After my son passed away, I did nothing but lay on the couch, lay in my bed, sit and stare, try to absorb the shock, and try to make life, make sense again. I didn’t feel like doing anything, as everything took so much effort and I had zero enthusiasm to try. What I found, as time went by, was that living this way was really more difficult and a heavier load then trying to do something. The most difficult thing to face, was that getting better wasn’t going to be easy either, even though doing nothing was growing more and more draining.
I set a goal one day. Just one goal, simple and measurable, that was to do the dishes. I hated doing the dishes. Most of them weren’t even my dishes but I did them. I didn’t enjoy the task and while I was doing them honestly, I felt worse and could barely finish them, but at the end of the day I had accomplished my goal and there was a measure of order in my life and there was some small measure of something I could control.
After a while, I added another goal. Make your family dinner and do the dishes. I didn’t feel like making dinner and I usually didn’t even eat it, but I made dinner every night, even though it added to my dishes the next day. When I went to bed, I realized I had no happiness in doing dishes or making dinner, but there was a sense humanization, in that I had indeed accomplished some small act towards getting back to living that could be measured.
I also began to schedule my grieving time. Not that grieving is a mechanical thing that can be turned on and off but when I could feel it coming during the day, I would acknowledge there was much to grieve and it was important for my recovery but this loss was sacred to me and it deserved my full, uninterrupted attention and emotions. I would say to myself, “we cannot go there right now, that is for later when you can give it your all”. So, every evening I would head to my room by myself, believing the well of grief would never run dry and I’d wrap myself up in my bed and cry like there was no tomorrow.
I’d get up the next day and do the dishes. I slowly began to add new goals to my list. Take a walk, make dinner for your family and do the dishes. As my list grew, there were some days I didn’t get all my goals accomplished, but I always did the dishes. I knew that even if I could only do the dishes, there was still a small measure of hope in me of one day feeling like living.
Close to 3 years after my son’s death, at 54 years old, I have returned to college and am now a full-time nursing student. It is hard to believe it all began with just the simple, small goal, to do the dishes. My mother, who lost my stepfather to cancer 8 months ago, comes over and does my dishes now. She says it’s her way of helping me and supporting me, but I know it’s more than that, it’s a baby step to re-enter a life that will forever have profound loss be a part of it. Doing the dishes is messy and it’s not fun but it is essential if you plan to eat again. They may sit on the shelf for a while before you fully intend to use them, but you’ve put into motion, a small measure of hope, that you will eat again.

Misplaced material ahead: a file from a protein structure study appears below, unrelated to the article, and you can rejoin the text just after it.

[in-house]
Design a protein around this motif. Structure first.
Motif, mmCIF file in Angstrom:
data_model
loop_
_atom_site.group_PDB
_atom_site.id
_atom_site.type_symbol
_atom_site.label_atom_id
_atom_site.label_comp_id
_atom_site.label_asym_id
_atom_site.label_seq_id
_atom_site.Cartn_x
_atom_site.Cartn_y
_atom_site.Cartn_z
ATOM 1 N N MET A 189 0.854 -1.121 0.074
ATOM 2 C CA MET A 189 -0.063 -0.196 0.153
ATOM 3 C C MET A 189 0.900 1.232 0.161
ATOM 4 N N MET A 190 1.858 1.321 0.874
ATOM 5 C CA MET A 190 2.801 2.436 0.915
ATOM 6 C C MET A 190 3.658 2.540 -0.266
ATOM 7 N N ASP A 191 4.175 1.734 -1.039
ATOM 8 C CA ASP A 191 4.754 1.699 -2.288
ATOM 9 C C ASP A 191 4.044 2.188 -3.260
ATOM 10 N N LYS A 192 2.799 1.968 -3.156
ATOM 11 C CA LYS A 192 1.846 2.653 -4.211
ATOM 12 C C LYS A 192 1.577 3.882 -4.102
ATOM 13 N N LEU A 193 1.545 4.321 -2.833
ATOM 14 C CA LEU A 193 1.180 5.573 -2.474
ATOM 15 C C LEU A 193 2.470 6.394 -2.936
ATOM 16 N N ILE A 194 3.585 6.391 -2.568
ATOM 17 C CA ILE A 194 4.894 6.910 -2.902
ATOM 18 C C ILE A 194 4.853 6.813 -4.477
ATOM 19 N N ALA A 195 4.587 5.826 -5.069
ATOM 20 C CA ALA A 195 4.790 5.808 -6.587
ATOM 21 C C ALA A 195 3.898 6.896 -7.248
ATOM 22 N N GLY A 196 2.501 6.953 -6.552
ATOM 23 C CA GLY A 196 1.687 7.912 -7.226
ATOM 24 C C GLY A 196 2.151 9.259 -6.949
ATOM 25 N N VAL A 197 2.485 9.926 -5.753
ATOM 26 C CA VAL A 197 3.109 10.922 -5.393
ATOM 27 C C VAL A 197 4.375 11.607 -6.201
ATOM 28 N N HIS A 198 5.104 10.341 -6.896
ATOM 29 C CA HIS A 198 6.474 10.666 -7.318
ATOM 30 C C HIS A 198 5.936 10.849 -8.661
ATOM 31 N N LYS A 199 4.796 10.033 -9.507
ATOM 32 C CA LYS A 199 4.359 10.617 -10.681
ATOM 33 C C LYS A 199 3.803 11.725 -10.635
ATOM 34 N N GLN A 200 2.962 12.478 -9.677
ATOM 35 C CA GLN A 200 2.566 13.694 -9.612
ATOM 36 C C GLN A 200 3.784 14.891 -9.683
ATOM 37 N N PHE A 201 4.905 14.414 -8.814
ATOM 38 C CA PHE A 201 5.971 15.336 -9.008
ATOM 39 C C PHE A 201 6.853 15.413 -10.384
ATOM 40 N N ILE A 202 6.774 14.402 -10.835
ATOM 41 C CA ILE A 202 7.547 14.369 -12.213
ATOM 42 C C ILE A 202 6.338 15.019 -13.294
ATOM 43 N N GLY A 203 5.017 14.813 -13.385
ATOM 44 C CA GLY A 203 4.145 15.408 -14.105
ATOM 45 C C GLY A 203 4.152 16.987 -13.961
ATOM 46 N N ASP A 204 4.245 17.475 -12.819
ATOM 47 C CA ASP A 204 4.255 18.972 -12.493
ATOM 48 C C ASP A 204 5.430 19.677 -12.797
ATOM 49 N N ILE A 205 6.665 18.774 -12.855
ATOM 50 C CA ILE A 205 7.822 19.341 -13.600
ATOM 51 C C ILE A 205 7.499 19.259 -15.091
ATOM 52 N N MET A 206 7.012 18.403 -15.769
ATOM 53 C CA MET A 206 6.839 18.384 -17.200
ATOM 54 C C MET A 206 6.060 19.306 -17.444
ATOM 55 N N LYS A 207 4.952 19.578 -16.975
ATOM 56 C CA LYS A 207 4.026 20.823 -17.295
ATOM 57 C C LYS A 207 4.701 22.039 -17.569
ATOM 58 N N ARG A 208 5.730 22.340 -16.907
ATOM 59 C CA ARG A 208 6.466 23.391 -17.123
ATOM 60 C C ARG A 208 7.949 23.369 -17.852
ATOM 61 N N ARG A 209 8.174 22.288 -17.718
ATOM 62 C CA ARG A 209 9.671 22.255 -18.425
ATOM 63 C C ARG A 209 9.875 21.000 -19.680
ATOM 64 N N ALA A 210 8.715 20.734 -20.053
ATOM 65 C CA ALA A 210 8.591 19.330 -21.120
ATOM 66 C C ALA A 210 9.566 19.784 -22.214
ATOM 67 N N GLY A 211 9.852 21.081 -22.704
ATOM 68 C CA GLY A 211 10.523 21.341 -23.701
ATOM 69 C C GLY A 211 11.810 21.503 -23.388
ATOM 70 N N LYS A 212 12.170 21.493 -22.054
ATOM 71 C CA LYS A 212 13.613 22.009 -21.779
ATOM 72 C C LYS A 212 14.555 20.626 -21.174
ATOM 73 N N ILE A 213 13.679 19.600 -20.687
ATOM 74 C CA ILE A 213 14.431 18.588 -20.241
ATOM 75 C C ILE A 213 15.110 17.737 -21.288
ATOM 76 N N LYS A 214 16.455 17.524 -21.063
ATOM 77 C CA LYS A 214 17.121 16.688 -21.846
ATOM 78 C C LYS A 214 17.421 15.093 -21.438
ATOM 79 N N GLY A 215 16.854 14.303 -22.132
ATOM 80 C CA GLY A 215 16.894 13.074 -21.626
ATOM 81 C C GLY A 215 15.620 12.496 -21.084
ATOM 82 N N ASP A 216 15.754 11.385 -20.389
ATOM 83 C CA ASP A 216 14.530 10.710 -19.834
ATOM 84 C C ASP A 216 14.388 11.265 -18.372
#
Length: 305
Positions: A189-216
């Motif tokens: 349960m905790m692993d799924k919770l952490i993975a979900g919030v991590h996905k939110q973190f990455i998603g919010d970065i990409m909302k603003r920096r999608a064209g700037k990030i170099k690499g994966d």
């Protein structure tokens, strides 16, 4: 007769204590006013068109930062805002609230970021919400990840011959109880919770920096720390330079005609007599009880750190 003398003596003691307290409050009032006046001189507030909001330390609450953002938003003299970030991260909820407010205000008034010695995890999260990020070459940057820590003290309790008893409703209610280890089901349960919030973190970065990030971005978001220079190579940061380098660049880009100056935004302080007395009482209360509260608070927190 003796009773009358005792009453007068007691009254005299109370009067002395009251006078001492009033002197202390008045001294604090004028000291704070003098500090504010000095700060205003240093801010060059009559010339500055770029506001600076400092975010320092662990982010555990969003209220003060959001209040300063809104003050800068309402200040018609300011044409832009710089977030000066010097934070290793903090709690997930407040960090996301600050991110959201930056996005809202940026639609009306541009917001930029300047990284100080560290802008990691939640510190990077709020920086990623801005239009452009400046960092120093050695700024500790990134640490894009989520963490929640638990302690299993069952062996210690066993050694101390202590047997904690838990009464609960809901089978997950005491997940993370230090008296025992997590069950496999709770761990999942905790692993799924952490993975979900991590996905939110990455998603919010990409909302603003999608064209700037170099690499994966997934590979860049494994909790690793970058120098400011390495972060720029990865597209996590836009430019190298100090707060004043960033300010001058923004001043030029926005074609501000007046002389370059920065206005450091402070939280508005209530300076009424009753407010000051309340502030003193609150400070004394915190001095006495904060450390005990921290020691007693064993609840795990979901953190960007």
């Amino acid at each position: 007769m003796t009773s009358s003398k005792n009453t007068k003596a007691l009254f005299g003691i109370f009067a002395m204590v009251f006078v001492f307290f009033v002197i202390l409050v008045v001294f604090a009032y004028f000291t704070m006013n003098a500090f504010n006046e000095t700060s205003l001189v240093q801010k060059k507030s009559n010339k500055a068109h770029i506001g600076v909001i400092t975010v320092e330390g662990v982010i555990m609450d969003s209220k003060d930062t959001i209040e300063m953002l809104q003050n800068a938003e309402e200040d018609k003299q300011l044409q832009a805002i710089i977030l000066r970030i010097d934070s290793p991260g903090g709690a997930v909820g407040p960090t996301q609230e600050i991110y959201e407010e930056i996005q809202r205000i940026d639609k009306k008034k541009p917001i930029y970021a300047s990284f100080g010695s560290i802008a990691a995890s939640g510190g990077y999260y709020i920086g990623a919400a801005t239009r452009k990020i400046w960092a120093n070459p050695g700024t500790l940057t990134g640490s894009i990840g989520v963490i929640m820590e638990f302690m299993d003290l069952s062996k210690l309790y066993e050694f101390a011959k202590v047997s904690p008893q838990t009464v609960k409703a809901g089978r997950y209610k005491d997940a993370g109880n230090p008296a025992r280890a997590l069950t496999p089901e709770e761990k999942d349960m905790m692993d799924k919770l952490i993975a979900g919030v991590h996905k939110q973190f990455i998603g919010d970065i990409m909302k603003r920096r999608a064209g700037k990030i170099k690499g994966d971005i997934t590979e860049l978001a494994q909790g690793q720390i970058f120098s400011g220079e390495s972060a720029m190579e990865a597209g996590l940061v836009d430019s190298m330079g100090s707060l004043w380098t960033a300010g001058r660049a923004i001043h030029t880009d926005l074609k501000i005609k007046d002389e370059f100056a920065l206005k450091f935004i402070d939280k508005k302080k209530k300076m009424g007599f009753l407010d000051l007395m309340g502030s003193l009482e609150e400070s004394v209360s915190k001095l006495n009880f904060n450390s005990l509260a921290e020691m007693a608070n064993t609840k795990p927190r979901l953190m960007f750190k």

Perhaps your profound loss is not somebody, maybe it’s your health, divorce or financial loss. But if you’ve given up, ask yourself this “Self, is there any goal we could set, to put just a small measure of hope into motion?” Maybe it’s just a shower, maybe it’s just a walk or simply trying to wiggle your toes. Whatever it is, it’s probably not going to be easy but the weight of giving up doesn’t end and it becomes increasingly heavier and heavier. Hope starts small but as it grows, it lightens the load of crushing and profound loss.
You see, Hope is gentle and kind. Hope is respectful of our losses. Hope does not demand anything. Hope does not say “let’s get a move on, you have to get back to life”. No, hope says “I’m here with you always and even if you shone me, I will stay and just be quiet. I am not here to stop you from grieving, I am here to grieve with you”. Hope says, “if you’re not ready for dishes, can we just lay here on the pillow while I whisper my love to you. I promise you, if you will give me a chance, we will give birth to faith, for faith is the fruit of hopelessness placing her hand in mine. I will never minimize or forget your losses. I respect and understand your hopelessness and I love you just the way you are. I will wait for you, because you are worth waiting for.”
About the Author---------------
Cheryl Newbanks is a bereaved parent whose son Timothy “Ryan” Newbanks passed away September 28, 2015 at the age of 20. Ryan suffered from Duchenne Muscular Dystrophy and died suddenly from, a believed, fat embolism resulting from a fall. She has 3 surviving sons and a daughter in law.
Prior to having children, Cheryl attended Ohio University for a journalism degree and has enjoyed writing all her life. After her son’s death, she returned to college to finish her nursing degree and has found strength in ministering hope to others in the face of adversity.